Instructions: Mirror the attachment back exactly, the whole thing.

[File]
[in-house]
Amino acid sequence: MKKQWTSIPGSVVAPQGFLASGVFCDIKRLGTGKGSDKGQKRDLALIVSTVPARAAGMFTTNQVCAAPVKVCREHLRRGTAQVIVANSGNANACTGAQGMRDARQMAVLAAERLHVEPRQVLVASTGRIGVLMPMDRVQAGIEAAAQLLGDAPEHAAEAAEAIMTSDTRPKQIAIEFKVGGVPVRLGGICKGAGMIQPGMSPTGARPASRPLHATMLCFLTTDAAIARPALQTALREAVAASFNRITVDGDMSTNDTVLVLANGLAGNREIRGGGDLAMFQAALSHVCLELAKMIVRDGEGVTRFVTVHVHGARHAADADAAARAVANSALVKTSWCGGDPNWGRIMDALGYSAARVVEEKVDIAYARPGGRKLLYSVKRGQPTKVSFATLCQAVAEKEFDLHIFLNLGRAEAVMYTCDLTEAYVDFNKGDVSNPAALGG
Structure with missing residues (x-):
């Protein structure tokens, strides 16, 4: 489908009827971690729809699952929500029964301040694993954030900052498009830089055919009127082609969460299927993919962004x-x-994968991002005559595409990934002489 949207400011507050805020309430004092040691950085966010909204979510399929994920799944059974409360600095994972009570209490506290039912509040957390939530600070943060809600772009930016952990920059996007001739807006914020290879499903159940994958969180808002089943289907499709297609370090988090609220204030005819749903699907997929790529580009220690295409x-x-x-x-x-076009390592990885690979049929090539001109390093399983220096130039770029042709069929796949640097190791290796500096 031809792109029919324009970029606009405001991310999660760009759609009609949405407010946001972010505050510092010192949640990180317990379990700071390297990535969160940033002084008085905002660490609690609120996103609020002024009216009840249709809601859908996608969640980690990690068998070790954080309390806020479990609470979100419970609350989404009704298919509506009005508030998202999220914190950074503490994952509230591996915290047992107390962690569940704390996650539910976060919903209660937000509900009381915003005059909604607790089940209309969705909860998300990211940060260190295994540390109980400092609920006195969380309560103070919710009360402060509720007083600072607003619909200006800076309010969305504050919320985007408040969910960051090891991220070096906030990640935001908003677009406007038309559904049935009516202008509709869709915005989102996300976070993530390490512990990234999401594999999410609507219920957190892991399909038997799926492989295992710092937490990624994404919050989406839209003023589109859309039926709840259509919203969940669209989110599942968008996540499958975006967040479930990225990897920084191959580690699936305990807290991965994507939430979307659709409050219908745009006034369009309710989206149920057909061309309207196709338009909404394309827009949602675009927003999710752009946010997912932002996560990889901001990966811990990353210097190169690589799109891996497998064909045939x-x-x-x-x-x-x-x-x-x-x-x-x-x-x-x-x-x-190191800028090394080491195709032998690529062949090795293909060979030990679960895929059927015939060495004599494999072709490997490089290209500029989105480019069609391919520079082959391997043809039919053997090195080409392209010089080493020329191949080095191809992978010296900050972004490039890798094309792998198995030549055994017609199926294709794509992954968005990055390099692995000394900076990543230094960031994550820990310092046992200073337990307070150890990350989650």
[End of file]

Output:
[in-house]
Amino acid sequence: MKKQWTSIPGSVVAPQGFLASGVFCDIKRLGTGKGSDKGQKRDLALIVSTVPARAAGMFTTNQVCAAPVKVCREHLRRGTAQVIVANSGNANACTGAQGMRDARQMAVLAAERLHVEPRQVLVASTGRIGVLMPMDRVQAGIEAAAQLLGDAPEHAAEAAEAIMTSDTRPKQIAIEFKVGGVPVRLGGICKGAGMIQPGMSPTGARPASRPLHATMLCFLTTDAAIARPALQTALREAVAASFNRITVDGDMSTNDTVLVLANGLAGNREIRGGGDLAMFQAALSHVCLELAKMIVRDGEGVTRFVTVHVHGARHAADADAAARAVANSALVKTSWCGGDPNWGRIMDALGYSAARVVEEKVDIAYARPGGRKLLYSVKRGQPTKVSFATLCQAVAEKEFDLHIFLNLGRAEAVMYTCDLTEAYVDFNKGDVSNPAALGG
Structure with missing residues (x-):
């Protein structure tokens, strides 16, 4: 489908009827971690729809699952929500029964301040694993954030900052498009830089055919009127082609969460299927993919962004x-x-994968991002005559595409990934002489 949207400011507050805020309430004092040691950085966010909204979510399929994920799944059974409360600095994972009570209490506290039912509040957390939530600070943060809600772009930016952990920059996007001739807006914020290879499903159940994958969180808002089943289907499709297609370090988090609220204030005819749903699907997929790529580009220690295409x-x-x-x-x-076009390592990885690979049929090539001109390093399983220096130039770029042709069929796949640097190791290796500096 031809792109029919324009970029606009405001991310999660760009759609009609949405407010946001972010505050510092010192949640990180317990379990700071390297990535969160940033002084008085905002660490609690609120996103609020002024009216009840249709809601859908996608969640980690990690068998070790954080309390806020479990609470979100419970609350989404009704298919509506009005508030998202999220914190950074503490994952509230591996915290047992107390962690569940704390996650539910976060919903209660937000509900009381915003005059909604607790089940209309969705909860998300990211940060260190295994540390109980400092609920006195969380309560103070919710009360402060509720007083600072607003619909200006800076309010969305504050919320985007408040969910960051090891991220070096906030990640935001908003677009406007038309559904049935009516202008509709869709915005989102996300976070993530390490512990990234999401594999999410609507219920957190892991399909038997799926492989295992710092937490990624994404919050989406839209003023589109859309039926709840259509919203969940669209989110599942968008996540499958975006967040479930990225990897920084191959580690699936305990807290991965994507939430979307659709409050219908745009006034369009309710989206149920057909061309309207196709338009909404394309827009949602675009927003999710752009946010997912932002996560990889901001990966811990990353210097190169690589799109891996497998064909045939x-x-x-x-x-x-x-x-x-x-x-x-x-x-x-x-x-x-190191800028090394080491195709032998690529062949090795293909060979030990679960895929059927015939060495004599494999072709490997490089290209500029989105480019069609391919520079082959391997043809039919053997090195080409392209010089080493020329191949080095191809992978010296900050972004490039890798094309792998198995030549055994017609199926294709794509992954968005990055390099692995000394900076990543230094960031994550820990310092046992200073337990307070150890990350989650």